FAO warns of second locust invasion wave

Kenya may have ducked a major food security crisis this year following the invasion of the desert locusts that started early in the year, though the crisis has been recurring.

The Food and Agricultural Organisation, however, warns that danger still lies ahead, with the country set to experience another wave of invasion as the year comes to a close.

The UN agency noted that efforts by governments in the region, as well as non-governmental organisations, had helped save millions of tonnes of cereals that would have been devoured by the locusts.

In an update this week, FAO warned that the region still faces the locust threat. In Kenya, there are swarms spotted in north eastern region while others are migrating from Somalia and Ethiopia.

“At least, one small mature swarm from Somalia arrived near Mandera in the northeast. Hatching occurred in north Samburu County and third instar hopper bands were present,” said FAO in a November 9 update.

The desert locusts’ invasion, the worst for Kenya in 70 years, was expected to result in a major threat to food security in the region.

FAO, however, said fast action by governments and NGOs had averted food insecurity, saving huge farmlands and pastures from being destroyed by the locust swarms through surveillance and treatment.

“A massive humanitarian disaster has been averted,” said Keith Cressman, FAO's senior locust forecasting officer, referring to efforts that different governments together with donor organisation employed in fighting the locust invasion.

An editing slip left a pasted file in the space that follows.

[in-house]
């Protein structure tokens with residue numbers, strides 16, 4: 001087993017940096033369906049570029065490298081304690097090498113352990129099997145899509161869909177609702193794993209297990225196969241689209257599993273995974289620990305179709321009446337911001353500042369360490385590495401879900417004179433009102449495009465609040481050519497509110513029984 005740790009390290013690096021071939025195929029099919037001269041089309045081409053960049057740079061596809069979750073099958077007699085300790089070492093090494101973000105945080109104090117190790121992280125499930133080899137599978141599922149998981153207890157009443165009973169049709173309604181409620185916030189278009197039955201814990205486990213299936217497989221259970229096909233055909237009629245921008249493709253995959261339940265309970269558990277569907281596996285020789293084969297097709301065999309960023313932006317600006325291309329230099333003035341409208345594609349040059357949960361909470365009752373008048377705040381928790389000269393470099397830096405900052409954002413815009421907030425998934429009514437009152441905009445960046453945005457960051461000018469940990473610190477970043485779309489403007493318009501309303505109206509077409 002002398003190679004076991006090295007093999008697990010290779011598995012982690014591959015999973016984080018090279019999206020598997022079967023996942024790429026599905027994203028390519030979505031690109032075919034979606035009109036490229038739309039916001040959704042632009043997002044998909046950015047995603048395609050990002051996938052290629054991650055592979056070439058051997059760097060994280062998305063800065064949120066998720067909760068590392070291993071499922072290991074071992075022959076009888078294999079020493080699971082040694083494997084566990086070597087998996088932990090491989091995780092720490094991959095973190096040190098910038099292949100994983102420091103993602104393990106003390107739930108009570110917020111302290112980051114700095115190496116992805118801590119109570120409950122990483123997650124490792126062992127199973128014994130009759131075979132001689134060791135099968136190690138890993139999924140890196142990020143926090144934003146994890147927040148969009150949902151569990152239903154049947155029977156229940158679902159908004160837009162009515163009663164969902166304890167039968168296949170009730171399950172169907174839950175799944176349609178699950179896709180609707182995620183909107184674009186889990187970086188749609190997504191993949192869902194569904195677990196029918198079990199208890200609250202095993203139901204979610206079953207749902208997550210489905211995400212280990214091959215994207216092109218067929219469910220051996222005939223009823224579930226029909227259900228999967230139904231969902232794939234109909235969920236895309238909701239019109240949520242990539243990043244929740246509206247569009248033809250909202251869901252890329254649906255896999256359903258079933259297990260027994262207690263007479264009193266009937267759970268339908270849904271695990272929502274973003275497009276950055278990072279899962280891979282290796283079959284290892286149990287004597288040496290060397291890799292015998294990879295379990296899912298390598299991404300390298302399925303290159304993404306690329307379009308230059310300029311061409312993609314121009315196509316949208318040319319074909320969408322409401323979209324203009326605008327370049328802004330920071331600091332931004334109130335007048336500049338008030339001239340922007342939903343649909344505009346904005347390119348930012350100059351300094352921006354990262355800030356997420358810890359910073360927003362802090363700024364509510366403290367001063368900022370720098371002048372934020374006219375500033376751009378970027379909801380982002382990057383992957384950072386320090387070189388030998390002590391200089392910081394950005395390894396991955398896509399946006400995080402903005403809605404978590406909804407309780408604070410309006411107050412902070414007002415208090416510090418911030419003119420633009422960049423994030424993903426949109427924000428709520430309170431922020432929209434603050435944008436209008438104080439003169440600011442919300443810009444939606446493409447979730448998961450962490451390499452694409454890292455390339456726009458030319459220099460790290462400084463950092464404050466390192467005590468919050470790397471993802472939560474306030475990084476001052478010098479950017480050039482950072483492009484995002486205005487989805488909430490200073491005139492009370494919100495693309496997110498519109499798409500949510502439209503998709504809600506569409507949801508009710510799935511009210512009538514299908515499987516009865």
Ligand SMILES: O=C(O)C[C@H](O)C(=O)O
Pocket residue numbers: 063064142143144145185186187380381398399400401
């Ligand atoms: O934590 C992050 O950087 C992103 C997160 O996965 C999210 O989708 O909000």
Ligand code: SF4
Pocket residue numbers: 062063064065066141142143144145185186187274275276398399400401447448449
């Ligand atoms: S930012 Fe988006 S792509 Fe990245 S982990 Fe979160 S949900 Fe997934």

He noted that over 1.1 million hectares of land in 10 countries in Eastern Africa have been treated for locust infestation since January. “When you add in locust control efforts outside of East Africa and Yemen, 2.3 million hectares of land have been controlled this year,” he said.

“These operations have prevented the loss of 2.3 million tonnes of cereal - enough to feed more than 15 million people a year - in countries already hard hit by acute food insecurity and poverty. And our efforts have blunted impacts to an estimated 1.1 million pastoralist families, as well.”

FAO noted while the threat of infestation remains, the countries in the region are in a stronger position to handle infestations than they were earlier this year.

Other than improved human resource capacity, there are also pesticides available as well as surveillance equipment that include aircraft and ground vehicles.

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Desert Locust FAO